2004 Denver Annual Meeting (November 7–10, 2004)

Paper No. 12
Presentation Time: 11:00 AM


MCRIVETTE, Michael W.1, YIN, An1 and CHEN, Xuan-Hua2, (1)Department of Earth and Space Sciences, Univ of California, Los Angeles, CA 90095, (2)Institute of Geomechanics, Chinese Academy of Geological Sciences, Beijing, 100081, China, mmcrivet@ucla.edu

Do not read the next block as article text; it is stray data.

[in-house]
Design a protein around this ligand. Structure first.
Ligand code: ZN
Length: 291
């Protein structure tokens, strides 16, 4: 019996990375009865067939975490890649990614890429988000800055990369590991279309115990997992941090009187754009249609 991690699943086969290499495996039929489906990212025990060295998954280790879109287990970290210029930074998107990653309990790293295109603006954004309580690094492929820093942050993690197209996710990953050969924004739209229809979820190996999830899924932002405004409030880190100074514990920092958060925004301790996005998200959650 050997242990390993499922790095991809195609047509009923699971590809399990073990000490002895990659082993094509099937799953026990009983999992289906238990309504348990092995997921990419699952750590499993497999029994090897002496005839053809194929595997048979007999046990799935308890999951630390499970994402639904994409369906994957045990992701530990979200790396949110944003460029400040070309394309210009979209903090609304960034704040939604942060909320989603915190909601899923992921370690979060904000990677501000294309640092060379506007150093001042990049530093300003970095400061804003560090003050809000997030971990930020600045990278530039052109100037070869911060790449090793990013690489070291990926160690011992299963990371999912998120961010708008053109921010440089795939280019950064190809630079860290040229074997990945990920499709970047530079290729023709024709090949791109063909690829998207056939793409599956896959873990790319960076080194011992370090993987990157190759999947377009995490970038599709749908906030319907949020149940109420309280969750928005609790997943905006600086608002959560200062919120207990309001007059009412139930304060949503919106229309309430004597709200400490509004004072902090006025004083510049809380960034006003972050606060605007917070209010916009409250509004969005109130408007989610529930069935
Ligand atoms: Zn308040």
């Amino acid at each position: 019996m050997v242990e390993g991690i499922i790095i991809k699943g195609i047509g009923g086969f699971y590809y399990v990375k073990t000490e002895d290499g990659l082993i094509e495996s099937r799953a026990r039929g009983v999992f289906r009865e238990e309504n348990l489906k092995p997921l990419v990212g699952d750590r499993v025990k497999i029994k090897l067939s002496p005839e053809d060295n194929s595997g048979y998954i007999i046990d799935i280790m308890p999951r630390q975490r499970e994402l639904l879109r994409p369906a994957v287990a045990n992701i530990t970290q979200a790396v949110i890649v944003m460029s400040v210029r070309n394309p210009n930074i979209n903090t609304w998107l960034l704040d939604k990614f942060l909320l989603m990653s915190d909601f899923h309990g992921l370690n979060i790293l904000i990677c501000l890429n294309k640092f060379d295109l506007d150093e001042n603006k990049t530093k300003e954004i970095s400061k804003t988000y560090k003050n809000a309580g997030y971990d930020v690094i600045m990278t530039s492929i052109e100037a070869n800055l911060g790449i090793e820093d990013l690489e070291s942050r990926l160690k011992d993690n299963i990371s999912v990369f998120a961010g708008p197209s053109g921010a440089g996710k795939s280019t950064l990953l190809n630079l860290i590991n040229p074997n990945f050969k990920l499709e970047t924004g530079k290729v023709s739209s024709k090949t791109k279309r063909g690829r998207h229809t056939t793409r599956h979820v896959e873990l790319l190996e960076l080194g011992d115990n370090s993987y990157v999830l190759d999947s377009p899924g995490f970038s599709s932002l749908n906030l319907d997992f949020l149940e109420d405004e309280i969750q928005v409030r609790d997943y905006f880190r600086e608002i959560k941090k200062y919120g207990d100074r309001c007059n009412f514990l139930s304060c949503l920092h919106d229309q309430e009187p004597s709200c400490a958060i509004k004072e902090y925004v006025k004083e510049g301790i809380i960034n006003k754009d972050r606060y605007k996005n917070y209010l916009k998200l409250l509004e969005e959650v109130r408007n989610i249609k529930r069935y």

Field observations, seismic-reflection profiles, and inspection of ASTER images indicate the existence of a major active, south-directed backthrust system beneath the eastern Kunlun Shan directly south of the Qaidam basin. Observations made in the field along N-S transects of Golmud, Tuolahai, and Dazhaohuo drainages reveal a series of incised alluvial terraces that are sequentially tilted towards the Qaidam basin to the north (i.e., older terraces dip more steeply than younger terraces). The terraces converging to the north can be traced into the Qaidam basin and do not bear evidence for active north-directed thrusting along the northern mountain front. The range front between ~92°E and ~98°E exhibits a high degree of sinuosity and the presence of inselbergs as seen in the field and on ASTER images, consistent with the absence of an active north-directed thrust system between the Kunlun Shan and Qaidam basin. In contrast, the southern flank of the Kunlun Shan is marked by active south-directed thrust traces. This is best expressed along the north side of the eastward flowing Nalingele river where the Paleozoic Kunlun batholith thrusts directly over Quaternary sediments. A branch of the inferred north-directed backthrust system is also exposed ~70 km south of Golmud and ~ 16 km north of the left-slip Kunlun fault. There the fault places a Proterozoic marble unit over a Triassic flysch sequence. Seismic-reflection data from the southern Qaidam basin suggest that backthrusting beneath the Kunlun Shan may have initiated in the Neogene and that the Paleogene sediments may have been linked to the depositional systems in the Fenghuo Shan region to the south. That is, Paleogene strata in the Fenghuo Shan and Qaidam region were deposited in the same contiguous basin that was later partitioned by the development of the eastern Kunlun backthrust system. In the context of this interpretation, the Kunlun fault is permissible to be a lithospheric-scale structure. The existence of a Neogene backthrust system in the eastern Kunlun Shan, which carries low-elevation Qaidam crust over the mountainous region of central Tibet, has profound implications for dynamic theories of plateau growth and basin development.